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Recent developments in drug discovery for leishmaniasis and human African trypanosomiasis

Supek, Frantisek, Mathison, Casey, Khare, Shilpi, Molteni, Valentina, Nagle, Advait, Gelb, Michael and Buckner, Frederick (2014) Recent developments in drug discovery for leishmaniasis and human African trypanosomiasis. Chemical reviews, 114 (22). pp. 11305-11347. ISSN 1520-6890


Leishmaniasis is a parasitic disease that presents four main clinical syndromes: cutaneous leishmaniasis (CL), mucocutaneous leishmaniasis (MCL), visceral leishmaniasis/kala azar (VL), and post kala azar dermal leishmaniasis (PKDL). Causative Leishmania are protozoan parasites that are transmitted among mammalian hosts by phlebotomine sandflies. In mammalian hosts, parasite cells proliferate inside the host phagocytic cells as round amastigotes. Infection of sandflies with Leishmania occurs during insect feeding on infected mammalian hosts. After introduction into the insect gut together with the blood meal, Leishmania amastigotes transform into elongated flagellated promastigotes that propagate in the insect gut. A new round of infection is initiated after the infected sandfly takes a blood meal from a naïve mammalian host and introduces Leishmania parasites into the bite wound in the host dermis (Scheme 1). More than 20 different Leishmania species have been found to cause human leishmaniasis (Table 1).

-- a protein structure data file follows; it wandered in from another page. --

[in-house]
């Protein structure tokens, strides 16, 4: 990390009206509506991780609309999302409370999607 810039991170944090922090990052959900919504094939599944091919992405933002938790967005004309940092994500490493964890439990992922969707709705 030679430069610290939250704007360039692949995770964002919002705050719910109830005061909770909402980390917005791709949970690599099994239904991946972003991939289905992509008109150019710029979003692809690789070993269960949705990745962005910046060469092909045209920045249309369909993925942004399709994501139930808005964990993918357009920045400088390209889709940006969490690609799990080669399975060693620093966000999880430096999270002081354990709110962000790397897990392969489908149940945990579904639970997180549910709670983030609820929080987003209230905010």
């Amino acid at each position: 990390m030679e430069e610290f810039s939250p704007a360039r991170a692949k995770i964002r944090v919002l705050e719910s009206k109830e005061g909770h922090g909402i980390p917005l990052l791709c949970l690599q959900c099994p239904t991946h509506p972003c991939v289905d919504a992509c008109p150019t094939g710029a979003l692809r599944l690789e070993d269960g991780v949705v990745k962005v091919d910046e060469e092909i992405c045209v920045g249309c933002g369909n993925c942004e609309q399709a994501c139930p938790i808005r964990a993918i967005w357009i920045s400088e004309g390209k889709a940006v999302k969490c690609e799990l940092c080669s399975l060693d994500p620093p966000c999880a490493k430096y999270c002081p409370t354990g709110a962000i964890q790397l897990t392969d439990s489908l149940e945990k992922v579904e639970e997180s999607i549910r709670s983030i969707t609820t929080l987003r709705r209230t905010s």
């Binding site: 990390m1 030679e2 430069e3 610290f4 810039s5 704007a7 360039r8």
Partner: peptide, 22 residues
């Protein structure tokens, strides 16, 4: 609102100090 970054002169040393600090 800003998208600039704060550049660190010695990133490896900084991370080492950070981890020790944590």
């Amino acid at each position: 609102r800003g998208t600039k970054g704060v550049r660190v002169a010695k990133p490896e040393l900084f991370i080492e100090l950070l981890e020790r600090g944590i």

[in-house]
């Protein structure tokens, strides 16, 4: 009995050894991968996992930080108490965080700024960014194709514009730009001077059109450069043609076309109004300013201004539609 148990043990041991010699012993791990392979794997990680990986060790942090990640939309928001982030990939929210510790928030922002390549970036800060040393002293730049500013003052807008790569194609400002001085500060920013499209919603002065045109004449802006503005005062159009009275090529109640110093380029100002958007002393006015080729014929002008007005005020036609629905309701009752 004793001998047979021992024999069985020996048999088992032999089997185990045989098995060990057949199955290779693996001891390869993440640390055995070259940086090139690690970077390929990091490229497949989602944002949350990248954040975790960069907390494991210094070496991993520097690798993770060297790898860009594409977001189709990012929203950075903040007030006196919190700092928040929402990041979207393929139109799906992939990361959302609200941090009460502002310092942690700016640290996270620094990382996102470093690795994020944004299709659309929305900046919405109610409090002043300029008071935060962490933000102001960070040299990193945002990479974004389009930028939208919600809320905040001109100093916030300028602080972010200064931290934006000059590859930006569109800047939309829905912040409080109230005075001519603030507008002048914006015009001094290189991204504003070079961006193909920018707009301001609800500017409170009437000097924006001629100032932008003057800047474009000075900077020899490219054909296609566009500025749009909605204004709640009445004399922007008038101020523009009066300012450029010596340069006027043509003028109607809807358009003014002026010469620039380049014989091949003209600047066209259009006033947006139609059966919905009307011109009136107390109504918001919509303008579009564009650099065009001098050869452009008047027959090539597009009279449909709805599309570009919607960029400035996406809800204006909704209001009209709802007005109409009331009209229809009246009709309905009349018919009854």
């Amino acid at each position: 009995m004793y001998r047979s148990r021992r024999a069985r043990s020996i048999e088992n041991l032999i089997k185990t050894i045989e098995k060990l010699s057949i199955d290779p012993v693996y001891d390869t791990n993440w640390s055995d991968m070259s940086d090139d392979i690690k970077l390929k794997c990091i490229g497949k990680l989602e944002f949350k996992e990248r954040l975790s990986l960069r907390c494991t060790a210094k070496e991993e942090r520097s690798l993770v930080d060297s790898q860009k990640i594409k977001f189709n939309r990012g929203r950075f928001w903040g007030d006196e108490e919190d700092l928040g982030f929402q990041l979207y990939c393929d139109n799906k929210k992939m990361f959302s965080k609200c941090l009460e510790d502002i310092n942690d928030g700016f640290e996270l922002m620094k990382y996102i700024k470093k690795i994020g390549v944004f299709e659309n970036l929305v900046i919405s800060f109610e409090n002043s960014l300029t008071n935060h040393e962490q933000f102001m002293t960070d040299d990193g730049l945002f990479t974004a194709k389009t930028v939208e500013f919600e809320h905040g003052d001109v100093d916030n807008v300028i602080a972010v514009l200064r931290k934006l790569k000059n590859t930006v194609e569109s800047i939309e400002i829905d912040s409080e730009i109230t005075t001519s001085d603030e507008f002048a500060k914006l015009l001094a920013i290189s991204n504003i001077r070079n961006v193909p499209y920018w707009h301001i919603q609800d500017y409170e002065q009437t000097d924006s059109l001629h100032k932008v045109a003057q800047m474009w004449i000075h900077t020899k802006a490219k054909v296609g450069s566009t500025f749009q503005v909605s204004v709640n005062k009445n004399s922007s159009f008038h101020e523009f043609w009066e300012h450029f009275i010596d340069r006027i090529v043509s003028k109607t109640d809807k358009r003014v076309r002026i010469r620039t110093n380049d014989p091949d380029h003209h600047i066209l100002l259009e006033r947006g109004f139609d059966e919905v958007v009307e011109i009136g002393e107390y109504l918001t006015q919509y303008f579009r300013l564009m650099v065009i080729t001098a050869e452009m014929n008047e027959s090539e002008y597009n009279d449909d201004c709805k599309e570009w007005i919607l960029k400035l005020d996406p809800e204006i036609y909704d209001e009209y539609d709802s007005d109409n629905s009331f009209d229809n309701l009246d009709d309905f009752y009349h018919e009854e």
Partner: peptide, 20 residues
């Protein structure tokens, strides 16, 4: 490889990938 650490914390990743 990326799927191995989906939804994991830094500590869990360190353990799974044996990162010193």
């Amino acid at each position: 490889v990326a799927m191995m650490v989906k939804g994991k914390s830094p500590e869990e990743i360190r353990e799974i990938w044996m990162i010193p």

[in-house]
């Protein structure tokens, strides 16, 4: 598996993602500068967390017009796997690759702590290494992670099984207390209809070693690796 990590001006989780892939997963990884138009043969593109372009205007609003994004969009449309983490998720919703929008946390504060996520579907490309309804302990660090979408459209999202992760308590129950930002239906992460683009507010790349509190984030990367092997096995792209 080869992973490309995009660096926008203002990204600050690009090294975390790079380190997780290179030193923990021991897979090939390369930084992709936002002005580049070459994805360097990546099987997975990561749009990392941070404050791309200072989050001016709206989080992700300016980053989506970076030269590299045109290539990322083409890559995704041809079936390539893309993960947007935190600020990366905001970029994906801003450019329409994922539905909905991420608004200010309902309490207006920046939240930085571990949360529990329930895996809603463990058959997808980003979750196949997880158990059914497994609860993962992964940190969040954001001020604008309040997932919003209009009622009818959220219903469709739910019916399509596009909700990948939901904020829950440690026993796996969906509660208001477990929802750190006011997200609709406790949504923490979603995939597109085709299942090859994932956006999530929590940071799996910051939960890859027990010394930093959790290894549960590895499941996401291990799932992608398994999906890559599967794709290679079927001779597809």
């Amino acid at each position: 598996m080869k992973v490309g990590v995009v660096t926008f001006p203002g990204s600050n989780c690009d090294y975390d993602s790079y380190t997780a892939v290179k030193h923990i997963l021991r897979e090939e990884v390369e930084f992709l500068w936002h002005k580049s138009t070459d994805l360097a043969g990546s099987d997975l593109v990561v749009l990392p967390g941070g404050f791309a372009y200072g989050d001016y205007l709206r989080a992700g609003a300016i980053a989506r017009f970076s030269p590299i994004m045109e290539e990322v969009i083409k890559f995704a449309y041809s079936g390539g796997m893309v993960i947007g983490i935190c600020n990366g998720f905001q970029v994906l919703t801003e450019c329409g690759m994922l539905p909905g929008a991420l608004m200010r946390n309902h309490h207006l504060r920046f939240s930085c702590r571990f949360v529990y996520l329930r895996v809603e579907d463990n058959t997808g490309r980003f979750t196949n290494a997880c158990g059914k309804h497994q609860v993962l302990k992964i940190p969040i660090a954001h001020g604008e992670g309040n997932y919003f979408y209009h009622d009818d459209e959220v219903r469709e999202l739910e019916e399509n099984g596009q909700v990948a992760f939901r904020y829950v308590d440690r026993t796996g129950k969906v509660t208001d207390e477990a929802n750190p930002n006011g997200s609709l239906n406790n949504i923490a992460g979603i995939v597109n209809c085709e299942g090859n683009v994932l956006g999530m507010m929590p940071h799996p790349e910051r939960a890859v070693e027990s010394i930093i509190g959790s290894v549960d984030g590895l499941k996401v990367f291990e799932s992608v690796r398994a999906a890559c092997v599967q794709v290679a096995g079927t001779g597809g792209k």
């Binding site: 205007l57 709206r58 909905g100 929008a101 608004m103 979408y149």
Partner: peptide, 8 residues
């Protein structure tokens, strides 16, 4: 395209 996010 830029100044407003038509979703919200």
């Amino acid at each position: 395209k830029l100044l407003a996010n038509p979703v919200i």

Item Type: Article
Date Deposited: 23 Nov 2017 00:45
Last Modified: 25 Jan 2019 00:46


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